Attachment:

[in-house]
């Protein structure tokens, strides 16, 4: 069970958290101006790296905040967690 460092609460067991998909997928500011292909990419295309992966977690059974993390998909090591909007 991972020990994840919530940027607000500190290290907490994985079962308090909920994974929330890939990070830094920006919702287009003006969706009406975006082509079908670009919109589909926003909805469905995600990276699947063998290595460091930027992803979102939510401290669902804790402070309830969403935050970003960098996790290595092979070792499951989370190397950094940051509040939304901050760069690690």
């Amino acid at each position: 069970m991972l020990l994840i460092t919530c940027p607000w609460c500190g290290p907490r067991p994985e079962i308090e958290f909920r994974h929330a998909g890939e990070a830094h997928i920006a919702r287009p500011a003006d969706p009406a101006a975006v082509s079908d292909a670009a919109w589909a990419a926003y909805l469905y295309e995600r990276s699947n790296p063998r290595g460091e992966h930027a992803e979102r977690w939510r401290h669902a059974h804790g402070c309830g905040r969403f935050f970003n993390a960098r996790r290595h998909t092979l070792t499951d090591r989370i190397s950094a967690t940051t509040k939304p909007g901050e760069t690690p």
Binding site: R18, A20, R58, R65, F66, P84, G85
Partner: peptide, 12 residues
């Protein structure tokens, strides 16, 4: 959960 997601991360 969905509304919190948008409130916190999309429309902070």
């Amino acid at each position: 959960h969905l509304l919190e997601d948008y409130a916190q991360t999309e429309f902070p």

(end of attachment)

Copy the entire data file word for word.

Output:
[in-house]
């Protein structure tokens, strides 16, 4: 069970958290101006790296905040967690 460092609460067991998909997928500011292909990419295309992966977690059974993390998909090591909007 991972020990994840919530940027607000500190290290907490994985079962308090909920994974929330890939990070830094920006919702287009003006969706009406975006082509079908670009919109589909926003909805469905995600990276699947063998290595460091930027992803979102939510401290669902804790402070309830969403935050970003960098996790290595092979070792499951989370190397950094940051509040939304901050760069690690």
């Amino acid at each position: 069970m991972l020990l994840i460092t919530c940027p607000w609460c500190g290290p907490r067991p994985e079962i308090e958290f909920r994974h929330a998909g890939e990070a830094h997928i920006a919702r287009p500011a003006d969706p009406a101006a975006v082509s079908d292909a670009a919109w589909a990419a926003y909805l469905y295309e995600r990276s699947n790296p063998r290595g460091e992966h930027a992803e979102r977690w939510r401290h669902a059974h804790g402070c309830g905040r969403f935050f970003n993390a960098r996790r290595h998909t092979l070792t499951d090591r989370i190397s950094a967690t940051t509040k939304p909007g901050e760069t690690p």
Binding site: R18, A20, R58, R65, F66, P84, G85
Partner: peptide, 12 residues
């Protein structure tokens, strides 16, 4: 959960 997601991360 969905509304919190948008409130916190999309429309902070």
């Amino acid at each position: 959960h969905l509304l919190e997601d948008y409130a916190q991360t999309e429309f902070p």